Fix mistake by passing Amendment 3
Thursday, October 10, 2002
At the 1992 general election, Missouri voters, like others across the nation in the grip of a fiercely anti-government mood, adopted a new constitutional amendment establishing term limits on members of the legislature. The main effect was to graft onto the constitution a maximum eight-year term that any person may serve, in a lifetime, in either the House or Senate.
But there was another, perhaps unintended -- and we think harmful -- effect: Owing to a quirk in the way the ballot measure was drafted, it has limited some lawmakers to even less than eight years in office.
This anomaly occurs upon the creation of a vacancy in office, either with the death or resignation of an officeholder. When a senator is elected to serve the balance of an unfinished term -- the final year, say, of a four-year term -- under the amendment as written, he or she may run only one more time, for a combined term of only five years in office.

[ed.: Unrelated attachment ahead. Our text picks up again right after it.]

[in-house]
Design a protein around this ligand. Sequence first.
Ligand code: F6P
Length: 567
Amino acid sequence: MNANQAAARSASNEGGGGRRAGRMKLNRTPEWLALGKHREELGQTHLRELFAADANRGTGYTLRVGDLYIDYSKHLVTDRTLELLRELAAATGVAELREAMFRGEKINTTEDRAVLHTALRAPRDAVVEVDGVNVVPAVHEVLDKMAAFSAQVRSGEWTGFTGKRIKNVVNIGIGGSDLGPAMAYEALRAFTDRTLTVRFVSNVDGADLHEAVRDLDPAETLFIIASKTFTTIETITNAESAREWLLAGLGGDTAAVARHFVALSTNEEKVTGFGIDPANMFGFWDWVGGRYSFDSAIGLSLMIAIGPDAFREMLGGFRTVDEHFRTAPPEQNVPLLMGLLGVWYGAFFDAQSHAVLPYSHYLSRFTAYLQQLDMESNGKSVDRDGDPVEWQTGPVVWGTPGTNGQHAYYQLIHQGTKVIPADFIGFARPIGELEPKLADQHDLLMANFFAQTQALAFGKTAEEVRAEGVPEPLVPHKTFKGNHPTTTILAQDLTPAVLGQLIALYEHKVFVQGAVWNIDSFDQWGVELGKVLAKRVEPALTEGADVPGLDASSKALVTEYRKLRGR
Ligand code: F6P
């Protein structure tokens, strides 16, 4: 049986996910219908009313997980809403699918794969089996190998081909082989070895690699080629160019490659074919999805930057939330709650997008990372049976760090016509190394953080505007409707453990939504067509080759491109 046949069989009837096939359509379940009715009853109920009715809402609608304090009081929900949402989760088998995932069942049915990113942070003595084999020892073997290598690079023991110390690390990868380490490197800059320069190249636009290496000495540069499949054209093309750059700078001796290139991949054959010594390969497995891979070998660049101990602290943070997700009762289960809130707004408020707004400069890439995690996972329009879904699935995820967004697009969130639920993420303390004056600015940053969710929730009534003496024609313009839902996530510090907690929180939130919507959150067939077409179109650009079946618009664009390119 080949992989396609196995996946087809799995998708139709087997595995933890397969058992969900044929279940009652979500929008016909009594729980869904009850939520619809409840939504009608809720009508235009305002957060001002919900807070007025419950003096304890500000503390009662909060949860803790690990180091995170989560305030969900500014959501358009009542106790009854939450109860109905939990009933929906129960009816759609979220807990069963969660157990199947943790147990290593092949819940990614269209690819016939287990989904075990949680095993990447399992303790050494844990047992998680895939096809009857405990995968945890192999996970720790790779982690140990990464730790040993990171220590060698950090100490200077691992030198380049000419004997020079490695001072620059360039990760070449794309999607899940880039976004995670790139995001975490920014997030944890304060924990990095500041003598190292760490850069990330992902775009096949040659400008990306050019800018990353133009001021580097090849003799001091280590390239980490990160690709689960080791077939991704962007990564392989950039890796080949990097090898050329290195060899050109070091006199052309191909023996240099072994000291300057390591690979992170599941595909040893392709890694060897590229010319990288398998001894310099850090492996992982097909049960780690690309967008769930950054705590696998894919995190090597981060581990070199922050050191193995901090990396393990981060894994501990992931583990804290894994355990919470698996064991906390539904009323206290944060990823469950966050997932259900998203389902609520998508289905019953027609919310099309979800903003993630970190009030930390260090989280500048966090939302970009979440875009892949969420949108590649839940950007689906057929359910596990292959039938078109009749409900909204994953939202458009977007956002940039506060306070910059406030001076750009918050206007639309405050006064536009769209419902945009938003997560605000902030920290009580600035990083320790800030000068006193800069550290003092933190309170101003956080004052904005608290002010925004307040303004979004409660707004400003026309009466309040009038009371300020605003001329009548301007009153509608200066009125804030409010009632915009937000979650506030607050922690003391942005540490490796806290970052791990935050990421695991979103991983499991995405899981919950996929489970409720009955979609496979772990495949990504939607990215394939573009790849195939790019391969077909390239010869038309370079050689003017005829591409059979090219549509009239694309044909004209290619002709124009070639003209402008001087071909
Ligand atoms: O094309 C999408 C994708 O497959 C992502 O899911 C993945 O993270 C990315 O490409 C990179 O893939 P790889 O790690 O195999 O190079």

Term limits are a reform whose efficacy is highly debatable, but nonetheless one this newspaper has supported. Even among term-limits supporters, however, some think eight years is too short a time, and that 12 years would be more reasonable. We know of no one who supports the current wrinkle in the law, which bars a person from even serving two full Senate terms.
Hence, Amendment 3. This proposed amendment would address this situation, by providing a limited exemption to the eight-year cap on service in a legislative chamber. The sole issue addressed by Amendment 3 is whether a partial term to fill a vacancy should count toward the eight-year cap, as it does now. We don't believe it should, and neither do the folks who successfully spearheaded the drive for term limits 10 years ago. This is a technical fix. Voters should adopt Amendment 3.